The Tidal Ribble area is a unique landscape, whose main characteristics are large spreads of urban areas and agricultural land. Both of these have significant impacts on the quality of water in our rivers, as well as at the coast. The project looks at working with farmers and communities to try to reduce the amount of pollution entering our watercourses. This is a partnership project with input from United Utilities, the Environment Agency, Catchment Sensitive Farming, the NFU and Blackpool Borough Council.
The Tidal Ribble project
Set up in 2015 this project aims to work with farmers and rural communities to protect vulnerable bathing waters and shellfish waters along the Fylde coast . These rare and precious habitats are suffering because of problems in the Ribble estuary.
Research has identified that the main impact on the water quality is faecal matter. Most of this comes from both urban and rural sources entering the watercourses. In fact, diffuse pollution from agriculture and discharges from private septic tanks are the main contributors to this issue.
This tidal and coastal area has a number of designations which help to protect this unique area. These include, Marine Conservation Zones, Designated Bating Waters, Marine Special Protection Areas, Special Areas Of Conservation (Marine), National Nature Reserves, Ramsar sites, SSSIs, and Special Protection Areas.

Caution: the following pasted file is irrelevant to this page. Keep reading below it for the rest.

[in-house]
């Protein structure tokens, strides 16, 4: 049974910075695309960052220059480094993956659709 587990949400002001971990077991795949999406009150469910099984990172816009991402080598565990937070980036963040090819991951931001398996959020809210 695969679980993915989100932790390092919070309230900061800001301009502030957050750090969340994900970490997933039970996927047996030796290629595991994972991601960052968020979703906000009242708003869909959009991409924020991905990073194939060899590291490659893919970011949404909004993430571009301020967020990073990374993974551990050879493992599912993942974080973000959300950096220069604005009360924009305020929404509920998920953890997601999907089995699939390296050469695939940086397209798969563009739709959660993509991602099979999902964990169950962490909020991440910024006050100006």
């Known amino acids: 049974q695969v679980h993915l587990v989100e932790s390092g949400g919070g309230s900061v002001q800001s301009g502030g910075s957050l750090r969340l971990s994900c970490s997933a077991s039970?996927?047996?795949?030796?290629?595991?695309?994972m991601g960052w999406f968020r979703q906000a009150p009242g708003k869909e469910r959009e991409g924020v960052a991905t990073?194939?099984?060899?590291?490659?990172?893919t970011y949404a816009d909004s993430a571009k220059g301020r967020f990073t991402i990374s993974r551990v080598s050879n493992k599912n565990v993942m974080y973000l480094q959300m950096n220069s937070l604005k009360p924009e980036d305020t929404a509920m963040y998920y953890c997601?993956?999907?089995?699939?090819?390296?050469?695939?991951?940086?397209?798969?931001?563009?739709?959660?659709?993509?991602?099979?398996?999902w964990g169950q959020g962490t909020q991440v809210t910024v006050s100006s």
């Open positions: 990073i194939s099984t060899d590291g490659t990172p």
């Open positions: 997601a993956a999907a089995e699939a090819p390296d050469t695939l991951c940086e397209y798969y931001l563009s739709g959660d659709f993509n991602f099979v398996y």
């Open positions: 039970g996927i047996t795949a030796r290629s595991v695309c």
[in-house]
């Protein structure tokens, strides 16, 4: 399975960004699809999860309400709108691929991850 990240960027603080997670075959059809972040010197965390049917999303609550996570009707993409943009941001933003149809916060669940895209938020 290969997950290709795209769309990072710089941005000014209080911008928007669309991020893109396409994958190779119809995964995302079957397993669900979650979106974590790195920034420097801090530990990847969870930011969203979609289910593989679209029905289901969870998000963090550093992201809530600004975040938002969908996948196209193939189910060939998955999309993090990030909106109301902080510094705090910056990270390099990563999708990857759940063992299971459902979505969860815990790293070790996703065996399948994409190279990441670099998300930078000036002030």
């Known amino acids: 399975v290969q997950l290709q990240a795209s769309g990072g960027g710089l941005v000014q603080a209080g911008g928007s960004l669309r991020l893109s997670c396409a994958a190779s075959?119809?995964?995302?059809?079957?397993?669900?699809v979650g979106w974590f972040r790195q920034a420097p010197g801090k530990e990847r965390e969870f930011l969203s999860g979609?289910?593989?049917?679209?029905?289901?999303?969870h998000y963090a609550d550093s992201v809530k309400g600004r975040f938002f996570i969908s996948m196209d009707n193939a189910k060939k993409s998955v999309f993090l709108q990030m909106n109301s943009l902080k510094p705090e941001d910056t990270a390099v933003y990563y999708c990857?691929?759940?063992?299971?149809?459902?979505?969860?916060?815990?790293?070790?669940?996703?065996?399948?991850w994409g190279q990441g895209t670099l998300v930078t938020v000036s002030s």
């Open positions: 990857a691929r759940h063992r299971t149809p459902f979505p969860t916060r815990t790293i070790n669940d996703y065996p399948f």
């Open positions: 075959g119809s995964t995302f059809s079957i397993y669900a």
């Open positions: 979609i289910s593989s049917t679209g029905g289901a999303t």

If you’d like learn more and check for designations at check out Magic. It’s an online interactive mapping tool managed by Natural England. Anyone can use it, and it’ll help you check which areas are protected by designations.
What does the project involve?
Since the project began, we have worked with dozens of farms in the area. Our specialist farm team, all of whom are from farming background, visit farmers in the area to give free and confidential advice and guidence. Together we implement schemes that will reduce the amount of pollution coming from agricultural land.
Work like this varies, as no two farms are the same. However, some common solutions include fencing off watercourses to prevent livestock accessing the water, planting trees along riverbanks to intercept run-off, and improving farmyard infrastructure. Together, this is helping to reduce the amount of faecal matter, chemicals and sediment end up in our rivers and along our beaches.
In addition to this we have delivered hundreds of community events and worked with many schools in the area. Working with communities is a great was to promote ways for the public to be more water friendly around the home. The main goal is to raise awareness of the impacts of household waste water mismanagement and waste disposal.
Locations where dwellings are likely to have septic tanks and other private water treatment facilities have also been identified. By running campaigns which focus on septic tanks we can help people within these communities better understand how their systems work. Many homeowners don’t fully understand how septic tanks work, how they need to be maintained, and what happens when they fail. By working with rural communities we can help them prevent pollution.